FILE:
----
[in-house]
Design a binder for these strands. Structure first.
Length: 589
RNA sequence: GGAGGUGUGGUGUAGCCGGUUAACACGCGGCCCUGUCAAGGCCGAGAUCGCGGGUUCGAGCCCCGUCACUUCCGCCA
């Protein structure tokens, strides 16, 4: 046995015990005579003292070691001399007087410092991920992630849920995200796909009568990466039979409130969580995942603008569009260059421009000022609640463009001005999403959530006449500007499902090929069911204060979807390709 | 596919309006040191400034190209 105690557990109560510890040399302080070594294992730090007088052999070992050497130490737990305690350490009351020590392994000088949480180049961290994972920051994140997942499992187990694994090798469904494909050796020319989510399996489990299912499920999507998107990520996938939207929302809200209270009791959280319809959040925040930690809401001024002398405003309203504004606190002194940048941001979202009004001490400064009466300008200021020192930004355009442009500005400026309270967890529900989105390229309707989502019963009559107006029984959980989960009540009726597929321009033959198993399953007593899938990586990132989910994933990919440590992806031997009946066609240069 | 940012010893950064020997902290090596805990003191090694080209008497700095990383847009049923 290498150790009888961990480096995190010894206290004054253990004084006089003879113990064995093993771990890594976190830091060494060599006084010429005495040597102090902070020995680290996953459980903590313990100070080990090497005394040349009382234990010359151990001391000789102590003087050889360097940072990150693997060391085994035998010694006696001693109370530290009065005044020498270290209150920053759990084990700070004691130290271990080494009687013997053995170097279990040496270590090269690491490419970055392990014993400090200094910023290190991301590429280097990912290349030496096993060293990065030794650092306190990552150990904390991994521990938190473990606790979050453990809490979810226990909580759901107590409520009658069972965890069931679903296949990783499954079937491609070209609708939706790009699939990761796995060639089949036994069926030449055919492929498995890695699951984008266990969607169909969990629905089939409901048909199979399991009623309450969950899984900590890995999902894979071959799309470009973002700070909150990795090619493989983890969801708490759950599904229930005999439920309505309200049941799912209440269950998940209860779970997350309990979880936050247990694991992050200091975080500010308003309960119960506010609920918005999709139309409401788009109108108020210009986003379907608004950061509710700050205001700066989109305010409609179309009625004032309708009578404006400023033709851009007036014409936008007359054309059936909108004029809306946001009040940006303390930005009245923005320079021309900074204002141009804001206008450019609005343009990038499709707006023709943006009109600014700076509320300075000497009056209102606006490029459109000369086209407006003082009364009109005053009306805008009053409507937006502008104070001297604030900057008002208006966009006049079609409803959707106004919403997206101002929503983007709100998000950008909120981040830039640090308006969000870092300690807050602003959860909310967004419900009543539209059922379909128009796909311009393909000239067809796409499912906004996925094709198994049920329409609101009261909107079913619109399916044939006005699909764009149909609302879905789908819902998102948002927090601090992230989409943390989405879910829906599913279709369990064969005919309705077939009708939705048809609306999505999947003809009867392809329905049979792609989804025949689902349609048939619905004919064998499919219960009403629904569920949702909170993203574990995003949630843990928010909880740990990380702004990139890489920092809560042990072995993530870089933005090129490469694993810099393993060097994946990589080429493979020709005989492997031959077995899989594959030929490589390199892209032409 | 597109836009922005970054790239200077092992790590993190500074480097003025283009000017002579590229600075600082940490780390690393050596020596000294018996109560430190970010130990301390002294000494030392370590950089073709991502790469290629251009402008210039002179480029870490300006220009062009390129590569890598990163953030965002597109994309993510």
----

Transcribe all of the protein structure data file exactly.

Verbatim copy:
[in-house]
Design a binder for these strands. Structure first.
Length: 589
RNA sequence: GGAGGUGUGGUGUAGCCGGUUAACACGCGGCCCUGUCAAGGCCGAGAUCGCGGGUUCGAGCCCCGUCACUUCCGCCA
């Protein structure tokens, strides 16, 4: 046995015990005579003292070691001399007087410092991920992630849920995200796909009568990466039979409130969580995942603008569009260059421009000022609640463009001005999403959530006449500007499902090929069911204060979807390709 | 596919309006040191400034190209 105690557990109560510890040399302080070594294992730090007088052999070992050497130490737990305690350490009351020590392994000088949480180049961290994972920051994140997942499992187990694994090798469904494909050796020319989510399996489990299912499920999507998107990520996938939207929302809200209270009791959280319809959040925040930690809401001024002398405003309203504004606190002194940048941001979202009004001490400064009466300008200021020192930004355009442009500005400026309270967890529900989105390229309707989502019963009559107006029984959980989960009540009726597929321009033959198993399953007593899938990586990132989910994933990919440590992806031997009946066609240069 | 940012010893950064020997902290090596805990003191090694080209008497700095990383847009049923 290498150790009888961990480096995190010894206290004054253990004084006089003879113990064995093993771990890594976190830091060494060599006084010429005495040597102090902070020995680290996953459980903590313990100070080990090497005394040349009382234990010359151990001391000789102590003087050889360097940072990150693997060391085994035998010694006696001693109370530290009065005044020498270290209150920053759990084990700070004691130290271990080494009687013997053995170097279990040496270590090269690491490419970055392990014993400090200094910023290190991301590429280097990912290349030496096993060293990065030794650092306190990552150990904390991994521990938190473990606790979050453990809490979810226990909580759901107590409520009658069972965890069931679903296949990783499954079937491609070209609708939706790009699939990761796995060639089949036994069926030449055919492929498995890695699951984008266990969607169909969990629905089939409901048909199979399991009623309450969950899984900590890995999902894979071959799309470009973002700070909150990795090619493989983890969801708490759950599904229930005999439920309505309200049941799912209440269950998940209860779970997350309990979880936050247990694991992050200091975080500010308003309960119960506010609920918005999709139309409401788009109108108020210009986003379907608004950061509710700050205001700066989109305010409609179309009625004032309708009578404006400023033709851009007036014409936008007359054309059936909108004029809306946001009040940006303390930005009245923005320079021309900074204002141009804001206008450019609005343009990038499709707006023709943006009109600014700076509320300075000497009056209102606006490029459109000369086209407006003082009364009109005053009306805008009053409507937006502008104070001297604030900057008002208006966009006049079609409803959707106004919403997206101002929503983007709100998000950008909120981040830039640090308006969000870092300690807050602003959860909310967004419900009543539209059922379909128009796909311009393909000239067809796409499912906004996925094709198994049920329409609101009261909107079913619109399916044939006005699909764009149909609302879905789908819902998102948002927090601090992230989409943390989405879910829906599913279709369990064969005919309705077939009708939705048809609306999505999947003809009867392809329905049979792609989804025949689902349609048939619905004919064998499919219960009403629904569920949702909170993203574990995003949630843990928010909880740990990380702004990139890489920092809560042990072995993530870089933005090129490469694993810099393993060097994946990589080429493979020709005989492997031959077995899989594959030929490589390199892209032409 | 597109836009922005970054790239200077092992790590993190500074480097003025283009000017002579590229600075600082940490780390690393050596020596000294018996109560430190970010130990301390002294000494030392370590950089073709991502790469290629251009402008210039002179480029870490300006220009062009390129590569890598990163953030965002597109994309993510």